Ocellated Eagle Ray: Aetobatus ocellatus

Family: Aetobatidae
Common name(s)

Ocellated Eagle Ray, Spotted Eagle Ray.


Aetobatus ocellatus


Aetobatis punctatus, Aetobatus guttatus, Aetobatus ocellata, Aetobatus punctatus, Aetomylaeus ocellatus, Goniobatis meleagris, Miliobatis punctatus, Myliobatis eeltenkee, Myliobatis macroptera, Myliobatis ocellatus, Myliobatis punctatus, Myliobatus ocellatus, Pteromylaeus punctatus, Raia quinqueaculeata, Raja edentula, Raja guttata, Raja mula, Raja quinqueaculeata, Raja tajara, Raja tajara hörraeka, Stoasodon ocellatus.


A very large ray with a rhomboidal disc that is significantly wider than long; width approximately 1.5 times length. Large, protruding head with a moderately long, parabolic rostral lobe. Spiracles large. Mouth slightly narrower than pre-oral (rostral lobe) length. Nasal curtain large, with a fringed posterior margin and deep central notch. Powerful pectoral fins have straight anterior margins, concave posterior margins, and falcate, pointed apexes. Pectoral fin origin level with eyes. Dorsal fin small, with a broadly rounded apex. Disc entirely smooth; lacking thorns. Tail filamentous and long when intact. Tail length 2.1-2.5 x disc width. 1 or 2 tail spines usually present, occasionally up to five.


Dorsum slate grey, olive-grey, or almost black, with numerous small white spots or rings. Tail unmarked except close to the base. Ventrum white. Ventral surface of pectoral fin tips and margins usually darkly mottled.


Maximum disc width at least 300cm. Disc width at birth highly variable 17-50cm.

Ocellated Eagle Ray, aka Spotted Eagle Ray, Aetobatus ocellatus. A wide ranging eagle ray from the Indian Ocean and Western Pacific Ocean. Previously considered conspecific with the whitespotted eagle ray, aetobatus narinari. Nuku Hiva, Marquesa Islands, French Polynesia.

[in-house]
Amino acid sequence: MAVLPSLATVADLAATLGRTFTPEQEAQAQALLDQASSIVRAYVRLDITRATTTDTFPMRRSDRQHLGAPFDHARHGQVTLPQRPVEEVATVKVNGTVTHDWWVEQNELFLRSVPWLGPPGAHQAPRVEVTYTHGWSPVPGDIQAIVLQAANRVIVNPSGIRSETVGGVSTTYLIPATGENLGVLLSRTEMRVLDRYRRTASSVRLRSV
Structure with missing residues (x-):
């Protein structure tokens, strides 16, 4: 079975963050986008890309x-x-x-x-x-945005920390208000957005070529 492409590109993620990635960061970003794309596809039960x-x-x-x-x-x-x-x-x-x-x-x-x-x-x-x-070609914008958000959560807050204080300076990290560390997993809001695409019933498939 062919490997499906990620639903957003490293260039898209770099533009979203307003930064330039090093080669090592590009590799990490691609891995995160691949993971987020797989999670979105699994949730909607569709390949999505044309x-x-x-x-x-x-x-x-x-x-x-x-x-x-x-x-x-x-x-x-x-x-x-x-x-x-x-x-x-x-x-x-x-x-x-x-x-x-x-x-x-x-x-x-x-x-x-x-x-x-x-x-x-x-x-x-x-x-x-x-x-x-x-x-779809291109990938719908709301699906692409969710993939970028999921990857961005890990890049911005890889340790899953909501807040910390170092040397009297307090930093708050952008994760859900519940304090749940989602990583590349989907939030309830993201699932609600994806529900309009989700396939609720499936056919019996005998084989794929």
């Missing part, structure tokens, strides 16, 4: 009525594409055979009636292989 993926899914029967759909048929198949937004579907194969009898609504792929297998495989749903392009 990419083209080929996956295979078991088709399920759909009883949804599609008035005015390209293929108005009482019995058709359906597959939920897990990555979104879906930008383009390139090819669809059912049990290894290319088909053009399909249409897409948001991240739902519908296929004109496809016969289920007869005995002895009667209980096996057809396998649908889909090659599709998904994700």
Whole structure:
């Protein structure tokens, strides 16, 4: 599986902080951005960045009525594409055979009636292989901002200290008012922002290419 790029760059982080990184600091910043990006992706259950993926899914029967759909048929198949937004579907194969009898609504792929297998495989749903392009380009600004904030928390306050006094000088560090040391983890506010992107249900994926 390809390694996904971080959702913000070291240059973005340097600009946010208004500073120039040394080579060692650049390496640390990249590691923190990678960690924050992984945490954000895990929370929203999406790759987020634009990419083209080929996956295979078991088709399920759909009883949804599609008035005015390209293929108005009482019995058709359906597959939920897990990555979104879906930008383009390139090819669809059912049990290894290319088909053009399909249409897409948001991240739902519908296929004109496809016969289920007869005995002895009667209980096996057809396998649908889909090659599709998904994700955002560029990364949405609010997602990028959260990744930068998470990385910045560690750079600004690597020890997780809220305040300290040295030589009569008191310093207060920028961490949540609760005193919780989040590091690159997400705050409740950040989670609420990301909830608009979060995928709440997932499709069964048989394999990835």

Conservation Status


The Ocellated Eagle Ray is a common bycatch in a variety of net fisheries throughout its range. Many of these areas have very little fisheries management. Aetobatus ocellatus also commonly hunts in heavily polluted estuarine environments.

Ocellated Eagle Ray, aka Spotted Eagle Ray, Aetobatus ocellatus. A wide ranging eagle ray from the Indo-Pacific. Malpelo Island, Colombia, Pacific Ocean.

Tropical/subtropical seas. Sandy bays, coral reefs, rocky outcrops, and sea mounts. Sometimes in brackish estuaries. May be close to the substrate, in midwater, or near the surface. Intertidal to at least 35m depth; probably much deeper.


The ocellated eagle ray was previously thought to be a regional variant of a the spotted eagle ray, but the latter was recently split into at least three regional species. A. ocellatus occurs in the Indian Ocean and across most of the Pacific including the Galapagos, Malpelo, and Cocos Islands in the eastern Pacific, but it is absent from the Pacific coastline of the Americas.


Matrotrophic viviparity. Litter size up to 10 but ususally 4 or less.


Diet consists mainly of hard shelled, benthic invertebrates such as hermit crabs, whelks, oysters clams, and other molluscs.


Often seen in large schools but may also be solitary.

Reaction to divers

Usually shy around scuba divers but will make close passes if not pursued; e.g. at cleaning stations.

Diving logistics

Ocellated eagle rays are quite easy to find throughout much of their range. They are virtually guaranteed at numerous dive sites in French Polynesia.

In February, ocellated eagle rays form mating agregations in deep water (40-50m) off Rangiroa Atoll. During that time, divers may also witness great hammerheads predating on them.

At current swept Matateteiko Point in Nuku Hiva, squadrons of eagle rays circle constantly to the cleaning station. Its a surge-filled area but if you find a (non-damaging) spot to hold onto, you will be rewarded with very close encounters with ocellated eagle rays.

Many years ago, I found Thailand’s Koh Bon and Rachi Noi to be good spots for eagle ray encounters but the reefs in this area have seen better days and I have not seen any recent reports.

In the Eastern Pacific, Aetobatus ocellatus is commonly seen on reef drop offs in the Galapagos, Malpelo, and Cocos Islands.

Similar species

Pacific Eagle Ray Distinguished by pectoral fin tips without markings ventrally, and limited range along the tropical/subtropical coastline of the Americas.